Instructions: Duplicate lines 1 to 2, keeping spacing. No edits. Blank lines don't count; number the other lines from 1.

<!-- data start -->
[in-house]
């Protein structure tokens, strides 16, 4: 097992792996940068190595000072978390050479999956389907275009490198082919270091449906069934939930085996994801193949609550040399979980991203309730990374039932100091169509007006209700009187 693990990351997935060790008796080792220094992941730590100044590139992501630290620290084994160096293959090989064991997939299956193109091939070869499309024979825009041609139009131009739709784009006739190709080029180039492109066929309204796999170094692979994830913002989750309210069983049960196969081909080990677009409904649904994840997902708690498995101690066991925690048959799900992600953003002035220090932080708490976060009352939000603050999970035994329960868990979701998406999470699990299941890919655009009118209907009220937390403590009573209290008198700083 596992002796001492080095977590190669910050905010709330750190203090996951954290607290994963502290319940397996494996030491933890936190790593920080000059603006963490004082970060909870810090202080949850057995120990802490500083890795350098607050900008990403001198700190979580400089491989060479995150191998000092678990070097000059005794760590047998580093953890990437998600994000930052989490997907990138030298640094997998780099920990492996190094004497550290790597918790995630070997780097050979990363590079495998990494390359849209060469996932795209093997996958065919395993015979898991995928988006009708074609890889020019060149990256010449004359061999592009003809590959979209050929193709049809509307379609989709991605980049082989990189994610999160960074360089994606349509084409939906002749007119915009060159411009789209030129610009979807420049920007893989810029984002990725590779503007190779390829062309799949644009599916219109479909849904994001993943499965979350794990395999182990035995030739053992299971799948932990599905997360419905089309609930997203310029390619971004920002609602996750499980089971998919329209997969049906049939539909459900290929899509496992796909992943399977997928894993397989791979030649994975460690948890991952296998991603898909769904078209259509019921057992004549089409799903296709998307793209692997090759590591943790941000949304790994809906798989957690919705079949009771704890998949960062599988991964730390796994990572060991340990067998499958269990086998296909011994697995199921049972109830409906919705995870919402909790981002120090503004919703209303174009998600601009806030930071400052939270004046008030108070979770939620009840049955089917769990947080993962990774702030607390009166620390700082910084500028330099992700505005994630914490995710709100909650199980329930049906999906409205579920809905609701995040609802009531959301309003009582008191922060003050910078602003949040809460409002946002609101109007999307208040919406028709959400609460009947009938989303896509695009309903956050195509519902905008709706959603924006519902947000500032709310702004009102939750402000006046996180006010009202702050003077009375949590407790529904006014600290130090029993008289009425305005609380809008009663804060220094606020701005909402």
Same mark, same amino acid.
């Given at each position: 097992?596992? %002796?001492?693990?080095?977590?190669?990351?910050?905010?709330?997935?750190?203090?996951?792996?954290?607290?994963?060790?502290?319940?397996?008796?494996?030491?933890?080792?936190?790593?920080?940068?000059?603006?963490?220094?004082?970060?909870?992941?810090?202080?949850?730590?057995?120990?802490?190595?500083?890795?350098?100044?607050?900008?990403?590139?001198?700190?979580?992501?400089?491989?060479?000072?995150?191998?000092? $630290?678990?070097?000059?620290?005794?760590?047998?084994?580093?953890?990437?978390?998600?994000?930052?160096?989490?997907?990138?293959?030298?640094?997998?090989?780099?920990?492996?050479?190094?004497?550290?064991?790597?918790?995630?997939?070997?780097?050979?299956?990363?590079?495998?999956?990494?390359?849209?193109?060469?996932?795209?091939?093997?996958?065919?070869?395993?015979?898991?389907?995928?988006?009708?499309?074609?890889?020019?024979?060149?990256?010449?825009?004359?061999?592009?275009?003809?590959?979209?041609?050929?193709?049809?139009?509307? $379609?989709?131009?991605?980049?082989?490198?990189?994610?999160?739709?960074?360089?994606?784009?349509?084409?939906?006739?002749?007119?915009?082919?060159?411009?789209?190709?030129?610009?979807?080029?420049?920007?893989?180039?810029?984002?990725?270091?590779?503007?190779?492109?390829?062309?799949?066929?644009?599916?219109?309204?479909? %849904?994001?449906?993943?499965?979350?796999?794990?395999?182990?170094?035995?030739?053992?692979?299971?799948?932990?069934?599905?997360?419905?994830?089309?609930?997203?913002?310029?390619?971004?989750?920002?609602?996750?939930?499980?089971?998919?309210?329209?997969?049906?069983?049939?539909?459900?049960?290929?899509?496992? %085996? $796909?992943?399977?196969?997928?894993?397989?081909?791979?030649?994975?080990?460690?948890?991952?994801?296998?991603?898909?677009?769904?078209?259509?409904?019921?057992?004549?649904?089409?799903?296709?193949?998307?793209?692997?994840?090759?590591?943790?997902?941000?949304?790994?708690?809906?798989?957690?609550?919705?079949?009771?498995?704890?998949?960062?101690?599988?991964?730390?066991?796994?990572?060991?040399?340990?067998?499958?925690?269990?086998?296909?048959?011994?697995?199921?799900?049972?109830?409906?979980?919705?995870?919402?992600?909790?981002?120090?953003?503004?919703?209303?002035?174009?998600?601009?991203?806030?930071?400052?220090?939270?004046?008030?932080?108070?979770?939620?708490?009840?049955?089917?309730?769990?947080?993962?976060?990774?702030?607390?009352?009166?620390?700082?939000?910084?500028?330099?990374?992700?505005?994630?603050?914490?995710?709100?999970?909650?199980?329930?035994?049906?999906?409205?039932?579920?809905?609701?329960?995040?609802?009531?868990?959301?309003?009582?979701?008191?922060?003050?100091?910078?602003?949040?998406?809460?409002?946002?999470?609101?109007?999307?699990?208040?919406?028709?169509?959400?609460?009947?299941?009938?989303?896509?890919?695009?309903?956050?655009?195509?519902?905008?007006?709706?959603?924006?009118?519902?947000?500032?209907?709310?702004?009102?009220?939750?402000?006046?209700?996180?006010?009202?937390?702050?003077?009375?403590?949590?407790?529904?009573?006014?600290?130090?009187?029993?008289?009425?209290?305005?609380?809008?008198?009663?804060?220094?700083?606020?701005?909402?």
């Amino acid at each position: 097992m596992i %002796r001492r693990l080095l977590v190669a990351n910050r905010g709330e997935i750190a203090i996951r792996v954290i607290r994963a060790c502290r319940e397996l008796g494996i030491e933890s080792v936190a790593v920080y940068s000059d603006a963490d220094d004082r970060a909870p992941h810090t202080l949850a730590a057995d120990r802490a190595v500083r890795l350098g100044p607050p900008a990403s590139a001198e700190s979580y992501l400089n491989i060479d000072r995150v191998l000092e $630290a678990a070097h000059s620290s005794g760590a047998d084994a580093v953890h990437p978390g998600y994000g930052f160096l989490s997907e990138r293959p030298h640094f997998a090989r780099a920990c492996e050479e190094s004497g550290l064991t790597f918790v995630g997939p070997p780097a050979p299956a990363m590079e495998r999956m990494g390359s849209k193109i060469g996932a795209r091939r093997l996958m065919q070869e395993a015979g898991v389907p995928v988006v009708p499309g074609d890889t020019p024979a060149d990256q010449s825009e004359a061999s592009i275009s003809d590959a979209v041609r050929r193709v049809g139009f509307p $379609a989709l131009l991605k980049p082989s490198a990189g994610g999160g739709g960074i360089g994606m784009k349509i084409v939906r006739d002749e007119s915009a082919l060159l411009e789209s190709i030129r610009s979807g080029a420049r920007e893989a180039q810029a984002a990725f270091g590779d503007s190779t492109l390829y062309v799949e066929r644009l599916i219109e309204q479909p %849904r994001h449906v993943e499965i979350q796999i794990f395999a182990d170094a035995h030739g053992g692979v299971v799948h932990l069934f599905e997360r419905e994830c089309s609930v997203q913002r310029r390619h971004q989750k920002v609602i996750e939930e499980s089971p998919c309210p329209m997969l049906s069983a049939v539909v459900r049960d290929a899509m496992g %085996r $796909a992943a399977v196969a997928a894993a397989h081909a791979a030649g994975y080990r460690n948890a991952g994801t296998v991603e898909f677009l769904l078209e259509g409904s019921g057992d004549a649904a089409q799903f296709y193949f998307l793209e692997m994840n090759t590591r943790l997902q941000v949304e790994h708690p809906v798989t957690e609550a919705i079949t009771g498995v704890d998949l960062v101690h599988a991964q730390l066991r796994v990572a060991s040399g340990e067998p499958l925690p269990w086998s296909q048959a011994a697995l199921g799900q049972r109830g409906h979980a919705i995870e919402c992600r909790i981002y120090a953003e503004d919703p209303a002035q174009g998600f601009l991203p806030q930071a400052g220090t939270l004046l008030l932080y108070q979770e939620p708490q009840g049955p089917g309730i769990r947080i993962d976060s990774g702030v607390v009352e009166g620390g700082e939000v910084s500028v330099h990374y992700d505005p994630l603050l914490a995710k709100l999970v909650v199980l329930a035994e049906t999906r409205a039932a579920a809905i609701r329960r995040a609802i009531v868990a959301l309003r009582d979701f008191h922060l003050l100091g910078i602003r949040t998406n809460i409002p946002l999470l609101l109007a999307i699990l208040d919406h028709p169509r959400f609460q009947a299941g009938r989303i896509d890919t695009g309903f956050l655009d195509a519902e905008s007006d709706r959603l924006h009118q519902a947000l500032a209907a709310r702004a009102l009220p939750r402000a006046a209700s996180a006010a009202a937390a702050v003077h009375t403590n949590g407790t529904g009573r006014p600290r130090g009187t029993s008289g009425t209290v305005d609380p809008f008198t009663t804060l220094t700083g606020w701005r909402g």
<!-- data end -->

[in-house]
């Protein structure tokens, strides 16, 4: 097992792996940068190595000072978390050479999956389907275009490198082919270091449906069934939930085996994801193949609550040399979980991203309730990374039932100091169509007006209700009187 693990990351997935060790008796080792220094992941730590100044590139992501630290620290084994160096293959090989064991997939299956193109091939070869499309024979825009041609139009131009739709784009006739190709080029180039492109066929309204796999170094692979994830913002989750309210069983049960196969081909080990677009409904649904994840997902708690498995101690066991925690048959799900992600953003002035220090932080708490976060009352939000603050999970035994329960868990979701998406999470699990299941890919655009009118209907009220937390403590009573209290008198700083 596992002796001492080095977590190669910050905010709330750190203090996951954290607290994963502290319940397996494996030491933890936190790593920080000059603006963490004082970060909870810090202080949850057995120990802490500083890795350098607050900008990403001198700190979580400089491989060479995150191998000092678990070097000059005794760590047998580093953890990437998600994000930052989490997907990138030298640094997998780099920990492996190094004497550290790597918790995630070997780097050979990363590079495998990494390359849209060469996932795209093997996958065919395993015979898991995928988006009708074609890889020019060149990256010449004359061999592009003809590959979209050929193709049809509307379609989709991605980049082989990189994610999160960074360089994606349509084409939906002749007119915009060159411009789209030129610009979807420049920007893989810029984002990725590779503007190779390829062309799949644009599916219109479909849904994001993943499965979350794990395999182990035995030739053992299971799948932990599905997360419905089309609930997203310029390619971004920002609602996750499980089971998919329209997969049906049939539909459900290929899509496992796909992943399977997928894993397989791979030649994975460690948890991952296998991603898909769904078209259509019921057992004549089409799903296709998307793209692997090759590591943790941000949304790994809906798989957690919705079949009771704890998949960062599988991964730390796994990572060991340990067998499958269990086998296909011994697995199921049972109830409906919705995870919402909790981002120090503004919703209303174009998600601009806030930071400052939270004046008030108070979770939620009840049955089917769990947080993962990774702030607390009166620390700082910084500028330099992700505005994630914490995710709100909650199980329930049906999906409205579920809905609701995040609802009531959301309003009582008191922060003050910078602003949040809460409002946002609101109007999307208040919406028709959400609460009947009938989303896509695009309903956050195509519902905008709706959603924006519902947000500032709310702004009102939750402000006046996180006010009202702050003077009375949590407790529904006014600290130090029993008289009425305005609380809008009663804060220094606020701005909402």